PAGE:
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Always frustrating to see this happen. Battle Chasers: Nightwar [Official Site], an RPG I was quite excited about has silently removed all mentions of Linux support from both Steam and GOG.

It's due for release in a few hours and I've seen zero communication from the developer as to what's going on. I get that some developers get swept up in releases and it's of course a very busy time, but if you remove a platform, you should communicate to your customers what's going on. This is especially problematic since both Steam and GOG have had the game available for pre-order.

People have noticed too, with this Steam thread popping up around 15 hours ago with no reply from a developer yet. I've sent a Tweet and an email to the developer in the hopes of getting it cleared up.

Honestly, if you did pre-order it I recommend cancelling it as soon as possible until the situation is cleared up. I never recommend pre-ordering anything, as issues like this are surprisingly common.

Update: The developer has replied with this on the Steam forum:

I'm very sorry we couldn't get the Linux version ready by launch. We're a small indie developer, and we just didn't have the resources to get it in a state we felt players would be happy with by launch.

We had asked our publisher to pull down the Linux platform last week from Steam and GoG, but unfortunately it didn't happen until yesterday. If you preordered hoping to play Linux day one, please feel free to get a refund. Let us know if you have any trouble there and we'll help get it sorted out.

We are working on the Linux version and hope to have it in decent shape in the next few weeks.

So sorry, guys!

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wojtek88 4 October 2017 at 11:38 am UTC
QuoteWe are working on the Linux version and hope to have it in decent shape in the next few weeks.

Let me propose a fun game.
They used statement "few weeks". For me few means from 2 to 7, maybe 8. But let's assume that we are kind and we say that we wait 10 weeks to verify what they say.
It looks like 2 weeks ago their were certain that they will provide Linux version at launch. So 10 weeks more sounds like a super huge window. Let's revisit their steam page at 13.12.2017 and verify if they are worth to receive Linux gamers money or should we forget about them and avoid any game they develop.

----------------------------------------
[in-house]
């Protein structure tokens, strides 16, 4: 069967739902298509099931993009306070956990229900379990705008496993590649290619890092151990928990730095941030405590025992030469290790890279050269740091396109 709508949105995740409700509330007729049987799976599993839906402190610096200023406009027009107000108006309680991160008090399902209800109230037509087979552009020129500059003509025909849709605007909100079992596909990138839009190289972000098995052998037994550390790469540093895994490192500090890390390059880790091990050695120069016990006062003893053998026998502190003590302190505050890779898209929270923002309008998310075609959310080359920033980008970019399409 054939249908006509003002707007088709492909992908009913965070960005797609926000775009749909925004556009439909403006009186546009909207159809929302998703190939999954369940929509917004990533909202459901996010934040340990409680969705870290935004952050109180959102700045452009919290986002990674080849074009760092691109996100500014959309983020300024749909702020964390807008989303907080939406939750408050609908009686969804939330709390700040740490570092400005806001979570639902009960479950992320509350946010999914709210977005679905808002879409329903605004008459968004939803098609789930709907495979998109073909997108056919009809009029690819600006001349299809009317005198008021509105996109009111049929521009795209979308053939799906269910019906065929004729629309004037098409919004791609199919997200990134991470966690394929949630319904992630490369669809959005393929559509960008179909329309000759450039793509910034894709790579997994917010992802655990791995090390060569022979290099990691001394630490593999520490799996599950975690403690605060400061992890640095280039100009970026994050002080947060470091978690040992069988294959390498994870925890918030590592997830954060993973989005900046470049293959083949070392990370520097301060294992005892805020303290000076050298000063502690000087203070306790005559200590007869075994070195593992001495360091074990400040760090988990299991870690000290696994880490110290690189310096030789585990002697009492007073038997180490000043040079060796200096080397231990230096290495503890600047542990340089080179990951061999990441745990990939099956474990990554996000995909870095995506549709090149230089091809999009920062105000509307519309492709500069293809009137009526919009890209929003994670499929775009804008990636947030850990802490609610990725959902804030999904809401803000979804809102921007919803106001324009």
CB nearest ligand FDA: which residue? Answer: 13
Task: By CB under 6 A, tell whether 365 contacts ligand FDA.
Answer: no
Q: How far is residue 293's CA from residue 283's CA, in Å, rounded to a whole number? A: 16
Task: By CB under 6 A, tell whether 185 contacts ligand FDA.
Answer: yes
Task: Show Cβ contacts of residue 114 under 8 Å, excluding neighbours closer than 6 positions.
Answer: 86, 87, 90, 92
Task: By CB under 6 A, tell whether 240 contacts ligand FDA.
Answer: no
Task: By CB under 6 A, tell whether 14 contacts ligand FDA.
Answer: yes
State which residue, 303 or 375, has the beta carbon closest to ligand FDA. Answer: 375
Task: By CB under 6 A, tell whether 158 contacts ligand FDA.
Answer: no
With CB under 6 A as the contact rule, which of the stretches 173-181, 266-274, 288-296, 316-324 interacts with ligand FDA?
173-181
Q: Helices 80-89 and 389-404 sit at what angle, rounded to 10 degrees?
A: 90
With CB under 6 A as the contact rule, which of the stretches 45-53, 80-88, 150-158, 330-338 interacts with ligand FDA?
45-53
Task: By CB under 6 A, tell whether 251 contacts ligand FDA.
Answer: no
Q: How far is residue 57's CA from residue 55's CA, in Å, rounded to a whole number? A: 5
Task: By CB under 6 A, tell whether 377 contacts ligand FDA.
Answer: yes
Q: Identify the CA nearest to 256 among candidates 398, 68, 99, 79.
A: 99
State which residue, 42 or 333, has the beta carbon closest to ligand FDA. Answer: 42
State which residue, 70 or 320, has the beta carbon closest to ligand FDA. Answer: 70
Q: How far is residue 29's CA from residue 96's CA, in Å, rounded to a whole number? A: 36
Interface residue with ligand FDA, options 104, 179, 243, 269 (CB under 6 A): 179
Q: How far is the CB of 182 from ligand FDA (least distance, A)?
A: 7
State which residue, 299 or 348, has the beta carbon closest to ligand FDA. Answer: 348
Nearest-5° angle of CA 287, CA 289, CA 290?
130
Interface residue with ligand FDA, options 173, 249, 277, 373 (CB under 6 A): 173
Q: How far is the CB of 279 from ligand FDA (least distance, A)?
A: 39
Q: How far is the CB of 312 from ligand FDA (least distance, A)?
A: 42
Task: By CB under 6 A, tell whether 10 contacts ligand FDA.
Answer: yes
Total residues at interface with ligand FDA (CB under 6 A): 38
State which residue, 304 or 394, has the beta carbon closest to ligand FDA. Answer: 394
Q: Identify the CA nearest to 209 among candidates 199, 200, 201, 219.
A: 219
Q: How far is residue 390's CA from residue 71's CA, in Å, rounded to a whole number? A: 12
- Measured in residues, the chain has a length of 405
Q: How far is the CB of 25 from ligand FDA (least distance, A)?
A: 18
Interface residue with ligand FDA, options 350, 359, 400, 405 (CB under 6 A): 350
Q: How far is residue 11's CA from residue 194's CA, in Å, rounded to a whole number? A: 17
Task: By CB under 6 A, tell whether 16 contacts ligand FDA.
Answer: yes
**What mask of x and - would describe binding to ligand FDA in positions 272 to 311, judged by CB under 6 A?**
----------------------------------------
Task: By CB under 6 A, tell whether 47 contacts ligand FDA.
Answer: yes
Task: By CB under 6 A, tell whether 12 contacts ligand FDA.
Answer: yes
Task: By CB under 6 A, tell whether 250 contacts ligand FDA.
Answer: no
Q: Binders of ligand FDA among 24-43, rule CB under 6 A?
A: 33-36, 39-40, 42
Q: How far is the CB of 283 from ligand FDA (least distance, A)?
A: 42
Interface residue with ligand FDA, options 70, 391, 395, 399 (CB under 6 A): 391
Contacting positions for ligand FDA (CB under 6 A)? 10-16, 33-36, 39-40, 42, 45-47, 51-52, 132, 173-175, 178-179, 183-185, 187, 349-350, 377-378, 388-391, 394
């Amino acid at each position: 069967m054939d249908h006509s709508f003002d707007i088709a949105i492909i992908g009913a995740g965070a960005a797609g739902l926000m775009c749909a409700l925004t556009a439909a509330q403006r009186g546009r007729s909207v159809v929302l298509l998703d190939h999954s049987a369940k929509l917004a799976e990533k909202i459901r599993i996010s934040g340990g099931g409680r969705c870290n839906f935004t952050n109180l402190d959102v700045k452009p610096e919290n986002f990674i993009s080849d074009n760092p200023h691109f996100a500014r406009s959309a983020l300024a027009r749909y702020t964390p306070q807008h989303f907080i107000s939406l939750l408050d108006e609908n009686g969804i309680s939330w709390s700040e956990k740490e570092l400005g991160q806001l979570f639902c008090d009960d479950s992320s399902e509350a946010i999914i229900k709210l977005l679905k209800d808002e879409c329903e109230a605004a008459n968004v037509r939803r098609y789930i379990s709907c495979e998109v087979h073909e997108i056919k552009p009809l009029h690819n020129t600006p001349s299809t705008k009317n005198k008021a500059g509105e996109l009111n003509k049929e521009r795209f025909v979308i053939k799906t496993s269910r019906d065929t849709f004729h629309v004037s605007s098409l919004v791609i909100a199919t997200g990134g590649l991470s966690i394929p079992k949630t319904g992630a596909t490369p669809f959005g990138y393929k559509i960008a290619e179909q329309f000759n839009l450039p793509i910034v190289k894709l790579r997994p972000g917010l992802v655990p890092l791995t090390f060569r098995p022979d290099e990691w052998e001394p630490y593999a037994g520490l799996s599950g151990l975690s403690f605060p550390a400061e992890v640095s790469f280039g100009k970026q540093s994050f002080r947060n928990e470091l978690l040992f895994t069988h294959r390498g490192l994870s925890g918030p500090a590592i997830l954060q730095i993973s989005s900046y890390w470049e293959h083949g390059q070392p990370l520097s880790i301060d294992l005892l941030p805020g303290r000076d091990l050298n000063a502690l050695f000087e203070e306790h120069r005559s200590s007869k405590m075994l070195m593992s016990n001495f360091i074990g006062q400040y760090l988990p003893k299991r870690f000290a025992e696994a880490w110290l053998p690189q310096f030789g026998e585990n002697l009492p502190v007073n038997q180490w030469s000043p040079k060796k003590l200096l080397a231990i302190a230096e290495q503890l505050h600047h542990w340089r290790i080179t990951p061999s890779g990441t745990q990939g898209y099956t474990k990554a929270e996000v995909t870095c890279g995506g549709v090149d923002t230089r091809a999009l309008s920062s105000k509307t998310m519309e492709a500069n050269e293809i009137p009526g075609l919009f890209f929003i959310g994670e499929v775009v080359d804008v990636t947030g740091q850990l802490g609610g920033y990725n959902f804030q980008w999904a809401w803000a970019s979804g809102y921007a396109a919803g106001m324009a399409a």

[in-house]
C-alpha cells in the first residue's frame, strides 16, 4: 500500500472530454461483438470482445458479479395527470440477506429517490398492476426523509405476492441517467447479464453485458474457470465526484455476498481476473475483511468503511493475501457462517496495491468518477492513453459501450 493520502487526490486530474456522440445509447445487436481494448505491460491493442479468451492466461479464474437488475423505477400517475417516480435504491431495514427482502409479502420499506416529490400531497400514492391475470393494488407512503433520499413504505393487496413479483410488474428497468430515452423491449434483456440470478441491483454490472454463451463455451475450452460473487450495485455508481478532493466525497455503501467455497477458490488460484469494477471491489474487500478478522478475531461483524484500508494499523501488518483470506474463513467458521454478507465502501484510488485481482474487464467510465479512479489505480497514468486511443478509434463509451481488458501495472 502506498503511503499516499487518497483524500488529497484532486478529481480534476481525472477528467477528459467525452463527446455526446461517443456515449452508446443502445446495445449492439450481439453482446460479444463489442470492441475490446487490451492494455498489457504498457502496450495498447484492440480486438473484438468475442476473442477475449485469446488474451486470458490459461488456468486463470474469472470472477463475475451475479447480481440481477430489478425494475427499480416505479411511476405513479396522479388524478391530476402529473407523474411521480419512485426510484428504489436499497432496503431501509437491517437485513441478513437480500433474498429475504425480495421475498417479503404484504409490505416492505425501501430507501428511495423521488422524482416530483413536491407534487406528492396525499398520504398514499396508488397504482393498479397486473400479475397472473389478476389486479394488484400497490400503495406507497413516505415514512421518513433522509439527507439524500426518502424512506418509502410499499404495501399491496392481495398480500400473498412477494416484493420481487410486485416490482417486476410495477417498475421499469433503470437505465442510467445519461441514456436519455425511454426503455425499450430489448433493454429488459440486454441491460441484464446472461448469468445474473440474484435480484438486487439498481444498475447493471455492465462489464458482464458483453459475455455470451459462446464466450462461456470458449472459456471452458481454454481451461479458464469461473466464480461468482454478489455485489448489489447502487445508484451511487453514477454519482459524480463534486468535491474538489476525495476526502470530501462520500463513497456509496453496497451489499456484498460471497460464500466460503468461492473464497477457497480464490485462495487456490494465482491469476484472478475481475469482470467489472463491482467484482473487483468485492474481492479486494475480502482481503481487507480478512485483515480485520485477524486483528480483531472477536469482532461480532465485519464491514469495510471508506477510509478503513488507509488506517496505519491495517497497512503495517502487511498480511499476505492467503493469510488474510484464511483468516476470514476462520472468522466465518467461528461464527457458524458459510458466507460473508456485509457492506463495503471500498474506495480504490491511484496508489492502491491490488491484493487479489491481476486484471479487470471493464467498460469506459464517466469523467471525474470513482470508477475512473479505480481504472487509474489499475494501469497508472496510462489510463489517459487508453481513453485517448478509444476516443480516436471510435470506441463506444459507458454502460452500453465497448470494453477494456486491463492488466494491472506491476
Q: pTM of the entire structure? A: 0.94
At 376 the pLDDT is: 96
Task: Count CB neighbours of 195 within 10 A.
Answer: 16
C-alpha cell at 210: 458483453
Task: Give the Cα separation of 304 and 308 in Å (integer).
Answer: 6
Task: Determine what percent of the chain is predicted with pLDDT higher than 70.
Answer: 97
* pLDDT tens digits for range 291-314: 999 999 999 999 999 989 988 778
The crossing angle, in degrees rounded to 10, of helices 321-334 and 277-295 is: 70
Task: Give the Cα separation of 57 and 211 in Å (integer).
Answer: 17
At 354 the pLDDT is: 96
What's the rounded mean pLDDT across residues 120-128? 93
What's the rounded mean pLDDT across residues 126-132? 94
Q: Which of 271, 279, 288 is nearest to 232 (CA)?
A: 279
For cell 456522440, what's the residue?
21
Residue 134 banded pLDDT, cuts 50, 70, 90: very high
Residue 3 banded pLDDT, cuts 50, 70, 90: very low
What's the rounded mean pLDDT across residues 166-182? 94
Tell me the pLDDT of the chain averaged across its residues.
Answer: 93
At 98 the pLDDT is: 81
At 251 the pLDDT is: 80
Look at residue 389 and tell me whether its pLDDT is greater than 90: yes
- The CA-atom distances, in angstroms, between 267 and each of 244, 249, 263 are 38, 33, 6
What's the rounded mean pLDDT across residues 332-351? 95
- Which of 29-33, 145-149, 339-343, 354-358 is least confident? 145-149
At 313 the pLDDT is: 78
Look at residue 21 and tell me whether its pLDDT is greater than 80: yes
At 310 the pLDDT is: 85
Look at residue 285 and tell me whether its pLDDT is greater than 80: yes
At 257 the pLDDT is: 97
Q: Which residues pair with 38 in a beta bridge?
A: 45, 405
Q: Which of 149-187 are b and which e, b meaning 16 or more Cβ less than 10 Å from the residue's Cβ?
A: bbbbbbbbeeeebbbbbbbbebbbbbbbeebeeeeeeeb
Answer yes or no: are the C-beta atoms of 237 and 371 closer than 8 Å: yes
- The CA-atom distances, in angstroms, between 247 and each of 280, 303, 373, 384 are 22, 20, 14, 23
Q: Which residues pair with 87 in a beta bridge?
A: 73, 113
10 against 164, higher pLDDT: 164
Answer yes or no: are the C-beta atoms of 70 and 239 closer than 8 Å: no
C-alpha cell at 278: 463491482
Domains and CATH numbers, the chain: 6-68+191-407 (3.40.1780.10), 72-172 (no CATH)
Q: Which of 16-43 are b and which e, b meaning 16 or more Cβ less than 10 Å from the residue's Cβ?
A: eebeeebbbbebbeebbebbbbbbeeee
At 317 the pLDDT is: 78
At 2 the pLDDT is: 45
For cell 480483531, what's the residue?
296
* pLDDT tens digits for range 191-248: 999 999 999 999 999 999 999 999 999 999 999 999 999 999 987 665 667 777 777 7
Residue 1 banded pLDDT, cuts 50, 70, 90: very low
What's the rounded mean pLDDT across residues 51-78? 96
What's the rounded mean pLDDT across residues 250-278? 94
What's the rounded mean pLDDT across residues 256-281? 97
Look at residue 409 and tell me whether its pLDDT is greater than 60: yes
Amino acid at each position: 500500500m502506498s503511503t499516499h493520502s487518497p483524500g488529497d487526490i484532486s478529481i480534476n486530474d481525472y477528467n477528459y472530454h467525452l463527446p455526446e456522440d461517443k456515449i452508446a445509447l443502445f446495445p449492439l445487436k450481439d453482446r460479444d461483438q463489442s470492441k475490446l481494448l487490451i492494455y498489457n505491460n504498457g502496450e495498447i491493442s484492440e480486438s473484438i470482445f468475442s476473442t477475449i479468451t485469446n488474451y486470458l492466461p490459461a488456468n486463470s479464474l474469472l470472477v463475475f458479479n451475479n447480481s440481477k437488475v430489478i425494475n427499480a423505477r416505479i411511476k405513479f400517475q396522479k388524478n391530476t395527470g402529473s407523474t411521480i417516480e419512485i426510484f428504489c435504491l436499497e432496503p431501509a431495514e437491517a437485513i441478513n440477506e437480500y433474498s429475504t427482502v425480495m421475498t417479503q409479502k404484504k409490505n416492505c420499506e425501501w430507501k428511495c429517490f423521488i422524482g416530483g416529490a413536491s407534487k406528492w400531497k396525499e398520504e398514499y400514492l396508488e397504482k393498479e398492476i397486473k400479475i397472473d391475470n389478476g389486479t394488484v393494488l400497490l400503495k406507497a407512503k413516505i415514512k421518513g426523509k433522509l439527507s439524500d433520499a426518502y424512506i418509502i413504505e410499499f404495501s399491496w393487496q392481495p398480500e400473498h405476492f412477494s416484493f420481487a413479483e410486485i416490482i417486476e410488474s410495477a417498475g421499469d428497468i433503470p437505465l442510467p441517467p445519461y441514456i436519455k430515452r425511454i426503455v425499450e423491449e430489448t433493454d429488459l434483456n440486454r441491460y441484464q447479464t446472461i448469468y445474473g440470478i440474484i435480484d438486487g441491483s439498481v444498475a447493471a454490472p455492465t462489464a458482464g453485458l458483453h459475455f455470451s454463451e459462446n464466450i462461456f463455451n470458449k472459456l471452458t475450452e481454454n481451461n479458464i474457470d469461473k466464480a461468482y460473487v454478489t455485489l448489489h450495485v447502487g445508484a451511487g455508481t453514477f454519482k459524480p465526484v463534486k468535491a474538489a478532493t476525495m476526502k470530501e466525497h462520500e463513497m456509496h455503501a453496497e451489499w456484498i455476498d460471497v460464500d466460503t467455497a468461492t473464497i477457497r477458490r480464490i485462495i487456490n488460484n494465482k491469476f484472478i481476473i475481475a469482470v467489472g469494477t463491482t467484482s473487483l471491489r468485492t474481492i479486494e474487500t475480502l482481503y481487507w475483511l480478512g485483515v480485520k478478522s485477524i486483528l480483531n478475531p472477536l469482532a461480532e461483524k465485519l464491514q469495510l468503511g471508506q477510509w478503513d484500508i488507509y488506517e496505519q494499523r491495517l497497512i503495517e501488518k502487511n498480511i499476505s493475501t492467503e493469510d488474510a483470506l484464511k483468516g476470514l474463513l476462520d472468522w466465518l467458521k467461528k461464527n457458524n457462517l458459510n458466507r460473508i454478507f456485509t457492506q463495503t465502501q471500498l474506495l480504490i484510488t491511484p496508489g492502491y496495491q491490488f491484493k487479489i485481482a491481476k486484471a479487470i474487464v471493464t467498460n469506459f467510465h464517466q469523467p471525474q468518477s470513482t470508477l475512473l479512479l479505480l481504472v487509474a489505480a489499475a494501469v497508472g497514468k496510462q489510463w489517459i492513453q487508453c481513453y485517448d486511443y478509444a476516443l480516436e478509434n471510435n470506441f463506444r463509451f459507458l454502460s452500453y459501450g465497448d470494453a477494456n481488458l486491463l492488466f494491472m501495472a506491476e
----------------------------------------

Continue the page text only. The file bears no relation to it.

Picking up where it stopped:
Aryvandaar 4 October 2017 at 1:19 pm UTC
I'm all against pre-ordering, but I'm all for kickstarting if you know the company and want to support an indie studio. I haven't backed that many projects, but those I have delivered on their promises, for the most part. Kingdom Come couldn't promise Linux at launch, so when I asked I got a refund.
cprn 4 October 2017 at 1:54 pm UTC
14[...] pre-ordering has like no incentive other than that little feeling you get when you spend money.

The incentive should be to give the developer money he needs to finish the game. Things like crowdfunding or early access shouldn't exist. Pre-ordering guarantees you'll receive the product or your money back and is, IMO, the only acceptable form of paying ahead.

14[...] buy games on sale even if we don't have time to play the games we already own. What does this all sound like to me? Addiction.

Oh, I agree... I agree hard!
Salvatos 4 October 2017 at 2:08 pm UTC
Zlopez
razing32
BrisseSTOP PRE-ORDERING

There's absolutely no point in pre-ordering, especially when using digital distribution such as Steam. It doesn't benefit you as a consumer one bit and it's always risky.

Sadly too late for that now.
Pre-orders , season pass (basically DLC Pre-order) , microtransactions in full price games , loot crates etc.
These things are becoming more and more ubiquitous and people are getting used to them. If you call them out you look like the bad guy.

I'm resolute to be cynical and watch the world burn

You are right, people just get used to this tactics. You don't even get the whole game on release. Because there is many missing things, that are added like DLC and the price is sometimes higher than the original game. The picture bellow is sadly accurate.
image